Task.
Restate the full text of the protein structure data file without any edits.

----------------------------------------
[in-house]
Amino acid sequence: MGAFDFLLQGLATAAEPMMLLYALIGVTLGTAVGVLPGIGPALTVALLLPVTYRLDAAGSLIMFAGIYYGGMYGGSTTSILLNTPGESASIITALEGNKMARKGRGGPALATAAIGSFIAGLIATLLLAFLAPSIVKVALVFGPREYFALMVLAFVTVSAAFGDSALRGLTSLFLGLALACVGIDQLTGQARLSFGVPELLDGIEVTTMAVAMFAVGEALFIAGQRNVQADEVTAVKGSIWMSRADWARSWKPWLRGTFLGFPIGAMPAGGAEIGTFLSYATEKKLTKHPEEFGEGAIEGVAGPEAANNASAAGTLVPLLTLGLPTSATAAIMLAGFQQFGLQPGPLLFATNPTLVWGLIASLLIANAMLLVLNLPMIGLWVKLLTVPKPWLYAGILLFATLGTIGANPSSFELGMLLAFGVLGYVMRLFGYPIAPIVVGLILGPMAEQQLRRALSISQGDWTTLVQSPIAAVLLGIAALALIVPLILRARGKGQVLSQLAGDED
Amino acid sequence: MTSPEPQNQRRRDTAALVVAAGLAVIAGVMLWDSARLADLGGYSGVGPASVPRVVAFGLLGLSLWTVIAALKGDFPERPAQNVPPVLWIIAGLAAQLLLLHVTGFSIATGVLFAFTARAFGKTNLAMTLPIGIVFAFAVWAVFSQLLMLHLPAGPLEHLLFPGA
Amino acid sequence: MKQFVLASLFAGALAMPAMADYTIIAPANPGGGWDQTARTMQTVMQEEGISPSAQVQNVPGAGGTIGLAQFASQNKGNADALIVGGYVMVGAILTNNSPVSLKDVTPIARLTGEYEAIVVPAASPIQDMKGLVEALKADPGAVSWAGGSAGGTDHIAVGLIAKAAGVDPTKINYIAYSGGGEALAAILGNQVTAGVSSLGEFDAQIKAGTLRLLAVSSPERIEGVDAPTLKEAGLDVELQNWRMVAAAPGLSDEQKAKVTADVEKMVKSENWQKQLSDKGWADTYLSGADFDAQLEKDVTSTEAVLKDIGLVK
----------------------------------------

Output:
[in-house]
Amino acid sequence: MGAFDFLLQGLATAAEPMMLLYALIGVTLGTAVGVLPGIGPALTVALLLPVTYRLDAAGSLIMFAGIYYGGMYGGSTTSILLNTPGESASIITALEGNKMARKGRGGPALATAAIGSFIAGLIATLLLAFLAPSIVKVALVFGPREYFALMVLAFVTVSAAFGDSALRGLTSLFLGLALACVGIDQLTGQARLSFGVPELLDGIEVTTMAVAMFAVGEALFIAGQRNVQADEVTAVKGSIWMSRADWARSWKPWLRGTFLGFPIGAMPAGGAEIGTFLSYATEKKLTKHPEEFGEGAIEGVAGPEAANNASAAGTLVPLLTLGLPTSATAAIMLAGFQQFGLQPGPLLFATNPTLVWGLIASLLIANAMLLVLNLPMIGLWVKLLTVPKPWLYAGILLFATLGTIGANPSSFELGMLLAFGVLGYVMRLFGYPIAPIVVGLILGPMAEQQLRRALSISQGDWTTLVQSPIAAVLLGIAALALIVPLILRARGKGQVLSQLAGDED
Amino acid sequence: MTSPEPQNQRRRDTAALVVAAGLAVIAGVMLWDSARLADLGGYSGVGPASVPRVVAFGLLGLSLWTVIAALKGDFPERPAQNVPPVLWIIAGLAAQLLLLHVTGFSIATGVLFAFTARAFGKTNLAMTLPIGIVFAFAVWAVFSQLLMLHLPAGPLEHLLFPGA
Amino acid sequence: MKQFVLASLFAGALAMPAMADYTIIAPANPGGGWDQTARTMQTVMQEEGISPSAQVQNVPGAGGTIGLAQFASQNKGNADALIVGGYVMVGAILTNNSPVSLKDVTPIARLTGEYEAIVVPAASPIQDMKGLVEALKADPGAVSWAGGSAGGTDHIAVGLIAKAAGVDPTKINYIAYSGGGEALAAILGNQVTAGVSSLGEFDAQIKAGTLRLLAVSSPERIEGVDAPTLKEAGLDVELQNWRMVAAAPGLSDEQKAKVTADVEKMVKSENWQKQLSDKGWADTYLSGADFDAQLEKDVTSTEAVLKDIGLVK